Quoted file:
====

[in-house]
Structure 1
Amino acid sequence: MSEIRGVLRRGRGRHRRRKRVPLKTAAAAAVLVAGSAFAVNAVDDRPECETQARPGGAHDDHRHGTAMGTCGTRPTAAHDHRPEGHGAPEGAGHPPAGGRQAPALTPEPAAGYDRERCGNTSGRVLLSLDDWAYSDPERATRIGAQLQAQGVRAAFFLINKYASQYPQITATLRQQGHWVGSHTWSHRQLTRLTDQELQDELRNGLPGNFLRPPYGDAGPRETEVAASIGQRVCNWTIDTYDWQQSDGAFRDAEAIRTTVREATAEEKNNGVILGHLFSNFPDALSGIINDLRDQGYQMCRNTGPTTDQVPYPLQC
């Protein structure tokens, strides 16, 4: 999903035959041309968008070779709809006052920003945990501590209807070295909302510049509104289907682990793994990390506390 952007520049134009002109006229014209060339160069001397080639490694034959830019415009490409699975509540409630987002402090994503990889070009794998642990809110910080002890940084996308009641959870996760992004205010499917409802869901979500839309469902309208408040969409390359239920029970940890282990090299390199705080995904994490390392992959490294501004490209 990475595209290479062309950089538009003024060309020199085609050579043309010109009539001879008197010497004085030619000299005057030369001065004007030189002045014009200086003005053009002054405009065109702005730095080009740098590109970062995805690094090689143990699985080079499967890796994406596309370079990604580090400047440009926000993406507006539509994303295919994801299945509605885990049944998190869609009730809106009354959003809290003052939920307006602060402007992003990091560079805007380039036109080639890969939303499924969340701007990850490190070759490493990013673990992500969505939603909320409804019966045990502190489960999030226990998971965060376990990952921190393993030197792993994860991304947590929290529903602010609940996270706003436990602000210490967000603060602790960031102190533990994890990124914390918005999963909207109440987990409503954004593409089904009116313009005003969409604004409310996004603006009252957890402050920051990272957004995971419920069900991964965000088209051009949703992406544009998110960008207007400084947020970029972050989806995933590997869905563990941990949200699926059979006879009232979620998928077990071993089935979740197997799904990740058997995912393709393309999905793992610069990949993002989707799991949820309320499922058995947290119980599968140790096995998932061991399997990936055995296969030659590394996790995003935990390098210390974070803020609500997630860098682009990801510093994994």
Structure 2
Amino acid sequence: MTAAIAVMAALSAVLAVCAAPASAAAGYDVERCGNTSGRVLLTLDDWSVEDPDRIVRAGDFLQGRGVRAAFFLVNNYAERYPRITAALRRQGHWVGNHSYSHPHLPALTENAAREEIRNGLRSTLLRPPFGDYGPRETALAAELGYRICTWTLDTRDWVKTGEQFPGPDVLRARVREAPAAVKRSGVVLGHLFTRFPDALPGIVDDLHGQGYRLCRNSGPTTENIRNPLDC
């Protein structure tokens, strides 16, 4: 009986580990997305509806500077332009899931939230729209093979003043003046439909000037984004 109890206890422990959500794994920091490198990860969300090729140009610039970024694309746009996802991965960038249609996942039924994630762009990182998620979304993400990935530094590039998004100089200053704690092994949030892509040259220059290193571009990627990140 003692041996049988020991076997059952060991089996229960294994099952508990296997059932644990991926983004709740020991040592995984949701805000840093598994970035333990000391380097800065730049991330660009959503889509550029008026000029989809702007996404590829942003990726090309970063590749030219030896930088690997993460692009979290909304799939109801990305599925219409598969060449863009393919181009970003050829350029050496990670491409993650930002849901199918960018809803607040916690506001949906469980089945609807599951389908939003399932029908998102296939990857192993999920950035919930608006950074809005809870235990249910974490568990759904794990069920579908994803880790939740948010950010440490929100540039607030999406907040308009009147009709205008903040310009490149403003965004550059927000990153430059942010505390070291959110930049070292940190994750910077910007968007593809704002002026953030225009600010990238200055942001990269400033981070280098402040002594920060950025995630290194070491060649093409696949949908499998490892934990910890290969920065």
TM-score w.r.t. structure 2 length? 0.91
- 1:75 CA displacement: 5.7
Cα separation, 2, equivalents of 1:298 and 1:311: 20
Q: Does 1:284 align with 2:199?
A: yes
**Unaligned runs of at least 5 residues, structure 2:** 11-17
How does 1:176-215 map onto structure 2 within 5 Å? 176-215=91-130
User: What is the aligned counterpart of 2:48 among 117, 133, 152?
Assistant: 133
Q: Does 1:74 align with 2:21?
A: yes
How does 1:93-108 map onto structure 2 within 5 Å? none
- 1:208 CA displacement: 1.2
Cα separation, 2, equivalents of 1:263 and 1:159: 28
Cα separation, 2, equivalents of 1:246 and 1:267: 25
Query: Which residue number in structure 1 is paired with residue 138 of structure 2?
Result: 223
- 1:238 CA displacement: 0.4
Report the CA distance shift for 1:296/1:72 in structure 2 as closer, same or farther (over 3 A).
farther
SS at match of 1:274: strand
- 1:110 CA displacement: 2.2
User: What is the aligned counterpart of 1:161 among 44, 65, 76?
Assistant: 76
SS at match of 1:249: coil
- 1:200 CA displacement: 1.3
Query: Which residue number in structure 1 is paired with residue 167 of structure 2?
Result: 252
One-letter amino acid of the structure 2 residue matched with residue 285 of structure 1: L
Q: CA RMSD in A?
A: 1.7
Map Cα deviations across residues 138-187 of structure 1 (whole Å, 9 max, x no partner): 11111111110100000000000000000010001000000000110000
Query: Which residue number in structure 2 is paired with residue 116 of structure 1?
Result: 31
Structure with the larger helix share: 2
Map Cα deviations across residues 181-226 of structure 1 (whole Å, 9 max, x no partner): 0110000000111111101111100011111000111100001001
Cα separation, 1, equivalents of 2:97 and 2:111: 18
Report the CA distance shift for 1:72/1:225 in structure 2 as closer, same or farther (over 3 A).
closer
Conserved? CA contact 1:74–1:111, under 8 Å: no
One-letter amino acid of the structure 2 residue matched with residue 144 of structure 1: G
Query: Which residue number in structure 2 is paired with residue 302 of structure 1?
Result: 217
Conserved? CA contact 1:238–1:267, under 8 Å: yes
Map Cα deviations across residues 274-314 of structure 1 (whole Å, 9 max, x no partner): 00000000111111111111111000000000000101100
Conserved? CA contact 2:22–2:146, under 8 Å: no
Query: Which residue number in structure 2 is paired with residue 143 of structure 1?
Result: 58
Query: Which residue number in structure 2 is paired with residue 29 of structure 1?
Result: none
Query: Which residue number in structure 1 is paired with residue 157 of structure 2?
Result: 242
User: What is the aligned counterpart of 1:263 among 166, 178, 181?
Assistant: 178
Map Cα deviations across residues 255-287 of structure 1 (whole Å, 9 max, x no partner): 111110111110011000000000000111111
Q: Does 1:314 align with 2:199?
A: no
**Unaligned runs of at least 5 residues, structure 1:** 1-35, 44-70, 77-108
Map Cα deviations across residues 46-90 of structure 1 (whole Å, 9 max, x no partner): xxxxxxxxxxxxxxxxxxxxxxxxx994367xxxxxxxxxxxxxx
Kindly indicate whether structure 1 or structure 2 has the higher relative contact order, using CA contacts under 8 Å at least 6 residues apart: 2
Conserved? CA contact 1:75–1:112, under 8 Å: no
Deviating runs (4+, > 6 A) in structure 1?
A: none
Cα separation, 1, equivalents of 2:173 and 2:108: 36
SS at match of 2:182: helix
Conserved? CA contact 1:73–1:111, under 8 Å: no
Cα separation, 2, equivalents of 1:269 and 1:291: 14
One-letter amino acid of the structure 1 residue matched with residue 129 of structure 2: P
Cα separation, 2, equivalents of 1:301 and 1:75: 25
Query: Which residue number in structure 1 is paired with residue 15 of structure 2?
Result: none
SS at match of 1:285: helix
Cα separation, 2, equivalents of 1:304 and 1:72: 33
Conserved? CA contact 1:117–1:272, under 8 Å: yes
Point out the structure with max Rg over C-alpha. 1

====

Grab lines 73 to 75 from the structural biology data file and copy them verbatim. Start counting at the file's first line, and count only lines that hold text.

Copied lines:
Conserved? CA contact 1:73–1:111, under 8 Å: no
Cα separation, 2, equivalents of 1:269 and 1:291: 14
One-letter amino acid of the structure 1 residue matched with residue 129 of structure 2: P